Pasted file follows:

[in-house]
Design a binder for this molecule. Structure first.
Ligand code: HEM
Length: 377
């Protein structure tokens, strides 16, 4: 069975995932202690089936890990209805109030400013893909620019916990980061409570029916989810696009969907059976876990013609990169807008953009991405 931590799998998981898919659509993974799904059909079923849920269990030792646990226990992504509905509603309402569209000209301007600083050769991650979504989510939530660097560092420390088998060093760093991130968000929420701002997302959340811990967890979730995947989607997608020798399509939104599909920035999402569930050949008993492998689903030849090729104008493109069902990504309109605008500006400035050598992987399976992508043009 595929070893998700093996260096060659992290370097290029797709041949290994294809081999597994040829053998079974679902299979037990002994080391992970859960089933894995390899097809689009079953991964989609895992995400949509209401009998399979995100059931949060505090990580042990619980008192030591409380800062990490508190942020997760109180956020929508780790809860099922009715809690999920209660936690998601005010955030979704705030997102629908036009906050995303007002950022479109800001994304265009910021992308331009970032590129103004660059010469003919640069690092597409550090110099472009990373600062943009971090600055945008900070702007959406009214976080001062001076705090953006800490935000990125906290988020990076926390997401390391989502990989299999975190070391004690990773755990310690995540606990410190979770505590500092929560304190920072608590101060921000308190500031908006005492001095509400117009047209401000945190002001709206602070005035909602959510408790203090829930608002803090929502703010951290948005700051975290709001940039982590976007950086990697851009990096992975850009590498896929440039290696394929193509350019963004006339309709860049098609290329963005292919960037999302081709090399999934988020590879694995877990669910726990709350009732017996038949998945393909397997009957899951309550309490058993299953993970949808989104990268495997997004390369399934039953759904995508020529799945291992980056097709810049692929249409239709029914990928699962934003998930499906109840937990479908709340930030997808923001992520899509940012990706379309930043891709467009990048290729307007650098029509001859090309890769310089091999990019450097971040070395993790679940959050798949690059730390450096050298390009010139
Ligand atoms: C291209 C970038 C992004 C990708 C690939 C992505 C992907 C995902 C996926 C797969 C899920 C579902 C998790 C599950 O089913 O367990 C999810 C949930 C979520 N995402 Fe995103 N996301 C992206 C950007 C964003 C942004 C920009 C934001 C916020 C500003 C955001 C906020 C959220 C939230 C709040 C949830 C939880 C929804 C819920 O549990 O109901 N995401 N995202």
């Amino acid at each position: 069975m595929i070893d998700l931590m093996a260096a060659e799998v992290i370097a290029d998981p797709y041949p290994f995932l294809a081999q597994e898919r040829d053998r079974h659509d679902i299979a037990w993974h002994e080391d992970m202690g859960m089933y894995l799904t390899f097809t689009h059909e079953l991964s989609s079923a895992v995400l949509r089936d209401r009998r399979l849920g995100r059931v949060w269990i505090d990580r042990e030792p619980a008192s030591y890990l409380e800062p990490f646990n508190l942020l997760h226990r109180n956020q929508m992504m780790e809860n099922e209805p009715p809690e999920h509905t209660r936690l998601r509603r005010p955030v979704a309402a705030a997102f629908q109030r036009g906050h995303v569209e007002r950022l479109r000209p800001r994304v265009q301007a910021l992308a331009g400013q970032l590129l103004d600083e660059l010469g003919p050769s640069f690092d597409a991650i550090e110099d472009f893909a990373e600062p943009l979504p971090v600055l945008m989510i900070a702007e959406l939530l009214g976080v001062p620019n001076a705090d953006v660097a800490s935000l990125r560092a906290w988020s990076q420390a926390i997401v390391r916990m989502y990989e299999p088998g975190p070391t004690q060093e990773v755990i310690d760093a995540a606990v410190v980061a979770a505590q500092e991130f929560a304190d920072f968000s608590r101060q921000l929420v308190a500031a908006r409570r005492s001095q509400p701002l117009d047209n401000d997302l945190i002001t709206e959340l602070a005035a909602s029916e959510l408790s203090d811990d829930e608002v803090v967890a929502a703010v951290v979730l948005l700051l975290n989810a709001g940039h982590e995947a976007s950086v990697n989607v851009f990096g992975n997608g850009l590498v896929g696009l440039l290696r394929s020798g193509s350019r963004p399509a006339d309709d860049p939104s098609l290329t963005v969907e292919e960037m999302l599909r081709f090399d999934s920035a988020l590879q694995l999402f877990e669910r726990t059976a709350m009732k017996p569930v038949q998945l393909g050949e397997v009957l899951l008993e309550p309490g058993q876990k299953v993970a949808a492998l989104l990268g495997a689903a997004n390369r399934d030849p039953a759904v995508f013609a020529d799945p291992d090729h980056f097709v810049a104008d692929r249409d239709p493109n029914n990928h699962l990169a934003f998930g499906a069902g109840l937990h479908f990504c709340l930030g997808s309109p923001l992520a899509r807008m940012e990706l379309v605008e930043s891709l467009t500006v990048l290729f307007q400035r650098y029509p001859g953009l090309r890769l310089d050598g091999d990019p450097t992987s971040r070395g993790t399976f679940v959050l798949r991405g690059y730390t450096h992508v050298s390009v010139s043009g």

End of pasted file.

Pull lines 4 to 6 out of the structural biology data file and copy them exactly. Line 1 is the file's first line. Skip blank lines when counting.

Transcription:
Length: 377
């Protein structure tokens, strides 16, 4: 069975995932202690089936890990209805109030400013893909620019916990980061409570029916989810696009969907059976876990013609990169807008953009991405 931590799998998981898919659509993974799904059909079923849920269990030792646990226990992504509905509603309402569209000209301007600083050769991650979504989510939530660097560092420390088998060093760093991130968000929420701002997302959340811990967890979730995947989607997608020798399509939104599909920035999402569930050949008993492998689903030849090729104008493109069902990504309109605008500006400035050598992987399976992508043009 595929070893998700093996260096060659992290370097290029797709041949290994294809081999597994040829053998079974679902299979037990002994080391992970859960089933894995390899097809689009079953991964989609895992995400949509209401009998399979995100059931949060505090990580042990619980008192030591409380800062990490508190942020997760109180956020929508780790809860099922009715809690999920209660936690998601005010955030979704705030997102629908036009906050995303007002950022479109800001994304265009910021992308331009970032590129103004660059010469003919640069690092597409550090110099472009990373600062943009971090600055945008900070702007959406009214976080001062001076705090953006800490935000990125906290988020990076926390997401390391989502990989299999975190070391004690990773755990310690995540606990410190979770505590500092929560304190920072608590101060921000308190500031908006005492001095509400117009047209401000945190002001709206602070005035909602959510408790203090829930608002803090929502703010951290948005700051975290709001940039982590976007950086990697851009990096992975850009590498896929440039290696394929193509350019963004006339309709860049098609290329963005292919960037999302081709090399999934988020590879694995877990669910726990709350009732017996038949998945393909397997009957899951309550309490058993299953993970949808989104990268495997997004390369399934039953759904995508020529799945291992980056097709810049692929249409239709029914990928699962934003998930499906109840937990479908709340930030997808923001992520899509940012990706379309930043891709467009990048290729307007650098029509001859090309890769310089091999990019450097971040070395993790679940959050798949690059730390450096050298390009010139
Ligand atoms: C291209 C970038 C992004 C990708 C690939 C992505 C992907 C995902 C996926 C797969 C899920 C579902 C998790 C599950 O089913 O367990 C999810 C949930 C979520 N995402 Fe995103 N996301 C992206 C950007 C964003 C942004 C920009 C934001 C916020 C500003 C955001 C906020 C959220 C939230 C709040 C949830 C939880 C929804 C819920 O549990 O109901 N995401 N995202």